The reason for building my first ever Italian World War 2 Fighter was that the Fiat G.55 is one of those aircraft that you
just like the first time you see it. This is a very good-looking Italian aircraft with graceful wings, pointed nose and slim fuselage.
Only one Fiat G.55 still survives, preserved at the Italian Aviation Museum near Rome .
History of the Italian Fascist ANR Air Force
The two separate Italian air forces which came into being after the 8 September 1943 Armistice gradually structured themselves along the lines of their respective allies, the Luftwaffe in the North, and the USAAF and RAF in the South.
The northern air force under German control was named Aeronautica Nazionale Repubblicana
(ANR), and while struggling to remain autonomous from the Germans, quickly adopted the Luftwaffe as a model. The ANR adopted German tactical formations
(Rotte/Schwarme) and Radar vectoring with improved air-to-air gunnery training.
Finally, the ANR restructured its Gruppi Caccia (Fighter Groups) along the lines of the Luftwaffe’s Gruppen containing three Squadriglie (Squadrons) and a staff squadron.
The number of aircraft in a Squadriglia was increased to correspond with the German
Staffel, 15 to 20 aircraft versus an average of 10 to 12 in the old Regia
Aeronautica. Torpedo-bomber and transport units were similarly re-organized, dependent upon aircraft
The Armistice brought about a collapse in Italian morale that broke much of the will to fight. However, many of the Regia Aeronautica pilots in the north took a different attitude towards the new military situation, perceiving the Armistice as a betrayal of those who had died fighting their former enemy.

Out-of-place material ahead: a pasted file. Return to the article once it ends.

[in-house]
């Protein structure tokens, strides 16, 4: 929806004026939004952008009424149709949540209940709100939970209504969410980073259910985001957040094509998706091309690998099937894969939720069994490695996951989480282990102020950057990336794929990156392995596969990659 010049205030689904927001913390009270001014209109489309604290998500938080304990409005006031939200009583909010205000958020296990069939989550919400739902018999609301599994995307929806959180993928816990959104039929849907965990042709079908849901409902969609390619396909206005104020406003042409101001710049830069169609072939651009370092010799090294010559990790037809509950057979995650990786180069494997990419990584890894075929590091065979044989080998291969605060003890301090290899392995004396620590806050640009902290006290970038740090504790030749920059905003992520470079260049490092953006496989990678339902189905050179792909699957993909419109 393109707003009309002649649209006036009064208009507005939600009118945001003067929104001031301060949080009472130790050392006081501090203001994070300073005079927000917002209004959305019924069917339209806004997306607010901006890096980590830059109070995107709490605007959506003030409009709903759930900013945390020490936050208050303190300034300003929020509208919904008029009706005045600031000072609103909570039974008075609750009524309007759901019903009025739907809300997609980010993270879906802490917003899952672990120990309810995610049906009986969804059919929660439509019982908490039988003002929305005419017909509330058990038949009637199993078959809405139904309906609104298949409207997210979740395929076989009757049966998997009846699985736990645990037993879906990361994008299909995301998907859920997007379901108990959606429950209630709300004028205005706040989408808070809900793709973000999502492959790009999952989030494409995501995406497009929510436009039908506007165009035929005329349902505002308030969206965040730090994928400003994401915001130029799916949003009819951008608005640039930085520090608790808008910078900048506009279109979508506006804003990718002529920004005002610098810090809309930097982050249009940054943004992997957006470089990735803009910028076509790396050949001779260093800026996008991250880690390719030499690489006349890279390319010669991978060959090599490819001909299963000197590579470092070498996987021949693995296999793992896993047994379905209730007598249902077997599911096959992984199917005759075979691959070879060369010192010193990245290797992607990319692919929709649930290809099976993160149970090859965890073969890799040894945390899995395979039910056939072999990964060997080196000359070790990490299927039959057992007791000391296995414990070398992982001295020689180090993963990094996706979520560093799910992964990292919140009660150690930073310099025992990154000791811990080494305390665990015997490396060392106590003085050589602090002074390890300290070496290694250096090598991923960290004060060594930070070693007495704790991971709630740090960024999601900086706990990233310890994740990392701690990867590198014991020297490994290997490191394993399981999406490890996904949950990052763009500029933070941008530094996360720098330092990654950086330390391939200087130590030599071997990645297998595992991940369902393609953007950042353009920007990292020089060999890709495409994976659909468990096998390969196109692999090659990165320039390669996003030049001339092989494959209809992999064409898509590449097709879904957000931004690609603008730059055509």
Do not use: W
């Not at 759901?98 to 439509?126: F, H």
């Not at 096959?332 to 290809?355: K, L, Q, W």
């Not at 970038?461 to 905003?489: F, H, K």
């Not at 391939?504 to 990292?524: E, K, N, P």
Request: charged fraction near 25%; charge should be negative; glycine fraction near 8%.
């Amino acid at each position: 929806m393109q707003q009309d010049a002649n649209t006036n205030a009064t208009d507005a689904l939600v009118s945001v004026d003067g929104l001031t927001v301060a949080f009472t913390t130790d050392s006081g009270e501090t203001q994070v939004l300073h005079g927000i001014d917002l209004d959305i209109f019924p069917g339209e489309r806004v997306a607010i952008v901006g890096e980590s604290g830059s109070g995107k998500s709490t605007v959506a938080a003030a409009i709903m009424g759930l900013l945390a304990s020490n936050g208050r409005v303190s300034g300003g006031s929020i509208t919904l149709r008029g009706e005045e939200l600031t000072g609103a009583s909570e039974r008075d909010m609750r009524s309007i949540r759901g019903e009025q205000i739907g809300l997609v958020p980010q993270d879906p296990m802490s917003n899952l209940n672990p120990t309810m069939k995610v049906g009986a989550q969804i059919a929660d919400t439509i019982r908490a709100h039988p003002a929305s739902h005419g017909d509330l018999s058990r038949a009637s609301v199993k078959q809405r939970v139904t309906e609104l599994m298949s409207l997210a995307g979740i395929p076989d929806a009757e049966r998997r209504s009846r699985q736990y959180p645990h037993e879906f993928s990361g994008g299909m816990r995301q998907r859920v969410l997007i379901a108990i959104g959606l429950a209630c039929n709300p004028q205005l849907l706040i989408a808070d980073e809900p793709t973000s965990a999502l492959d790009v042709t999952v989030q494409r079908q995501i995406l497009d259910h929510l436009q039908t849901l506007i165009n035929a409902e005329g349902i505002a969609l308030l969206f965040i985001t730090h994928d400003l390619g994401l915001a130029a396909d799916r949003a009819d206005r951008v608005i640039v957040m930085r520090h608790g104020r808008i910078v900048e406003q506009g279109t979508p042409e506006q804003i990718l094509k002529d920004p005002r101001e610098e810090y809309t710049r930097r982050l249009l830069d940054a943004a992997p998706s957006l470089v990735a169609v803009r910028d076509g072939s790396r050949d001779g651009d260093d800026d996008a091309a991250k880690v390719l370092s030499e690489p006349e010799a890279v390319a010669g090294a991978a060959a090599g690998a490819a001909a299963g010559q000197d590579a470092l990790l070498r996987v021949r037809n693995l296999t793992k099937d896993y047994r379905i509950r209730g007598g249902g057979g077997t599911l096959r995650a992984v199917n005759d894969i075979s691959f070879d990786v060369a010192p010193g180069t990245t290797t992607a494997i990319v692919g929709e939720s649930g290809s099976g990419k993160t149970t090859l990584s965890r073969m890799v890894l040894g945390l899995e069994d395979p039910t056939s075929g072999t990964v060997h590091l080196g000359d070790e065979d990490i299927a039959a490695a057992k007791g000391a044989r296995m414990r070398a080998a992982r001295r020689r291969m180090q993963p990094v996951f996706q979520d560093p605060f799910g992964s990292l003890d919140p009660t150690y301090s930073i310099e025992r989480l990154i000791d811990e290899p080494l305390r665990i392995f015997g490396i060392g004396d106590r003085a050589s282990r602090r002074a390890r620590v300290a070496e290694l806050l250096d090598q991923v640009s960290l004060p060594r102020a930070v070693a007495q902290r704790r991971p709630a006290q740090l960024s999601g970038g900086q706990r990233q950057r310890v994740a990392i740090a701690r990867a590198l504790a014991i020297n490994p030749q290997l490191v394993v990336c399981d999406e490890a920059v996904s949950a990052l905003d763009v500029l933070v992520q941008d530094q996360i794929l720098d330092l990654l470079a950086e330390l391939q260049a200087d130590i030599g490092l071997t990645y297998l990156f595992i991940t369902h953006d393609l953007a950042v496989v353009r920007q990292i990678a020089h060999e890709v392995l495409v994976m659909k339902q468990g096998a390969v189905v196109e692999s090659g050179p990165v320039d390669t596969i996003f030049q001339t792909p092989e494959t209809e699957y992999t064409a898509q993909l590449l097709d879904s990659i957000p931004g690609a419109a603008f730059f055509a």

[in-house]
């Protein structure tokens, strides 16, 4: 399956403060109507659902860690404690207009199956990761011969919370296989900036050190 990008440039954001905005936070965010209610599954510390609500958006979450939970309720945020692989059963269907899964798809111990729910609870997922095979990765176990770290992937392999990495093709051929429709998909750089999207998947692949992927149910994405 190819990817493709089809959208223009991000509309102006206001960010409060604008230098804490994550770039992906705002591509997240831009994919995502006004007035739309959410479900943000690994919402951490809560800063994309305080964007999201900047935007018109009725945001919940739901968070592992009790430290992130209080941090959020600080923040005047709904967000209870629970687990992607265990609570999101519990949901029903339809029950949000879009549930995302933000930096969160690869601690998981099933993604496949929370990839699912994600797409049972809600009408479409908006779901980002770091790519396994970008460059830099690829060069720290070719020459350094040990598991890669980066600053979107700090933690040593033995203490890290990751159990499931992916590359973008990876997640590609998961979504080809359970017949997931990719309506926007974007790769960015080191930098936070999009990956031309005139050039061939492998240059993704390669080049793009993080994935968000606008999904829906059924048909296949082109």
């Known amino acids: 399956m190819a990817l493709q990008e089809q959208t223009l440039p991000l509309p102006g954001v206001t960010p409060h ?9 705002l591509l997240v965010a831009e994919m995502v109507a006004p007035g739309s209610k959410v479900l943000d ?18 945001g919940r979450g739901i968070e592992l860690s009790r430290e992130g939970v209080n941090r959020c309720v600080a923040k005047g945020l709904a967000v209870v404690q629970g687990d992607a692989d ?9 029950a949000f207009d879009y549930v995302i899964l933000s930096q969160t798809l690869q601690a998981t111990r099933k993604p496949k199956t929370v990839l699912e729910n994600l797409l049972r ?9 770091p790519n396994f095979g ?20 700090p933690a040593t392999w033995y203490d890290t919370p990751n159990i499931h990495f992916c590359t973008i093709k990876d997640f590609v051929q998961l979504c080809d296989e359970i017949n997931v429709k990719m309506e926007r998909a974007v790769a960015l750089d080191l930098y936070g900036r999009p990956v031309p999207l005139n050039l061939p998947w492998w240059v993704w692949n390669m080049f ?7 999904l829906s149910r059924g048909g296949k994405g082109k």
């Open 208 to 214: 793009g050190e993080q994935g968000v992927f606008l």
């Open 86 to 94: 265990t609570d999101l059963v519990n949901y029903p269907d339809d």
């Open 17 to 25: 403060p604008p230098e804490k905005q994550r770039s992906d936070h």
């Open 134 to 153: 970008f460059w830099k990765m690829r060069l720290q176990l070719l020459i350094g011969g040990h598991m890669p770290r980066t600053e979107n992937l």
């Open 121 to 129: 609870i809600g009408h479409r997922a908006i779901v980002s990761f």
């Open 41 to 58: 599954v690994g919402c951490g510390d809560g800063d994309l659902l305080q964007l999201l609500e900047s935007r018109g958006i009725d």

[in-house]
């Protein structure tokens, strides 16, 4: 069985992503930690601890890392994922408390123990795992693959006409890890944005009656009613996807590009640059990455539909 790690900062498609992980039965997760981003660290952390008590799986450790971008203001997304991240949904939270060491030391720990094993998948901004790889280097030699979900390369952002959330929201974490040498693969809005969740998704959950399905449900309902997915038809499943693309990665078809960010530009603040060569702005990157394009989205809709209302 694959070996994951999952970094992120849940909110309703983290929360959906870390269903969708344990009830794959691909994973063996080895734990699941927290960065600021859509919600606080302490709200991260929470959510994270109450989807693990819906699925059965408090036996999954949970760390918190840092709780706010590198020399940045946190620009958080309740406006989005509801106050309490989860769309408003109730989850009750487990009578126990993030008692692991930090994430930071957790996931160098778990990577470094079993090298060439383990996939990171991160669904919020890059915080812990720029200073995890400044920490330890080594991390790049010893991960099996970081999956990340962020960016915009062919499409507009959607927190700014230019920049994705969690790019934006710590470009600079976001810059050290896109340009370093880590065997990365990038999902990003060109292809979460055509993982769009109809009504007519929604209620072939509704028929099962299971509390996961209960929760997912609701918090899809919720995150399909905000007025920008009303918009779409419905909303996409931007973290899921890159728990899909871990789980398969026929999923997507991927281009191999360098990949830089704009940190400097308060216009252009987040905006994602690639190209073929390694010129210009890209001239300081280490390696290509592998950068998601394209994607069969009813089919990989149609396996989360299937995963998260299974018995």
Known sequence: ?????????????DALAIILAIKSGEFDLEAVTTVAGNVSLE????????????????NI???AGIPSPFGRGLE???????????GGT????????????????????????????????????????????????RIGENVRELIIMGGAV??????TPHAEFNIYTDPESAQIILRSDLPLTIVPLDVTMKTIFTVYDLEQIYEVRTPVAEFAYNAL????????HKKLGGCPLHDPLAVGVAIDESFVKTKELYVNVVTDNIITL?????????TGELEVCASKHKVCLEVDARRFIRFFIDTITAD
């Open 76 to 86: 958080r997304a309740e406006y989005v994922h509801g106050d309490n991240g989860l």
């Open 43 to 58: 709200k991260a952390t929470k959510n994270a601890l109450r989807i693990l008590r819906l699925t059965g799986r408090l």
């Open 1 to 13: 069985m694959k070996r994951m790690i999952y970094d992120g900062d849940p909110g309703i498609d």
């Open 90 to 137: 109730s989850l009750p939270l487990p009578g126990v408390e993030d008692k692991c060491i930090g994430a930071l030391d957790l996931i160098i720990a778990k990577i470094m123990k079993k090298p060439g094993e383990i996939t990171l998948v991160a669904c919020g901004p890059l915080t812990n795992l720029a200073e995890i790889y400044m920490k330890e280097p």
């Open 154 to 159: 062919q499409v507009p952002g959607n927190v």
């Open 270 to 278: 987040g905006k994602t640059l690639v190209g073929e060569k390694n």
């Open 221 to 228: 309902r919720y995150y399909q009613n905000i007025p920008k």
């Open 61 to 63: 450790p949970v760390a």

Many pilots refused to fly to the Allied controlled airfields in Southern Italy due to an unwillingness to accept an Armistice signed which they felt had been signed ‘over their heads’. To some this feeling of ‘betrayal’ was conscious and to others it was unconscious. A large number of Italian pilots, while they might otherwise agree with the armistice, could not accept the way the surrender had been carried out, while others simply wanted to oppose the Allied fighters and bombers which were relentlessly tormenting Italian cities and population.
On 23 September Il Duce announced the formation of the Repubblica Sociale Italiana
(RSI) in the Italian territory under German control, with the formation of an Italian Air Force (Aeronautica Nazionale Repubblicana) on 10 October 1943 .
The choice of Tenente Colonnello Ernesto Botto, a famous fighter pilot and hero of the Spanish Civil War, as Under-Secretary of Aeronautics contributed heavily toward attracting Regia Aeronautica personnel to the Aeronautica NazionaleRepubblicana
(ANR), many of whom had dispersed after the Armistice, especially men belonging to fighter units. Personal allegiance to the
RSI, a German puppet state, was never popular and joining the ANR was often impulsive rather than rational.
However, this enthusiasm and impulsiveness which characterized the airmen of the
ANR, contributed heavily toward allowing the ANR to maintain its independence in the face of increasing German political pressure to which both the Army and Navy eventually succumbed. As a result, the ANR was the only RSI armed force which operated regularly and with success against the Anglo-American forces, gaining respect not only from their German allies, but even from the Resistance.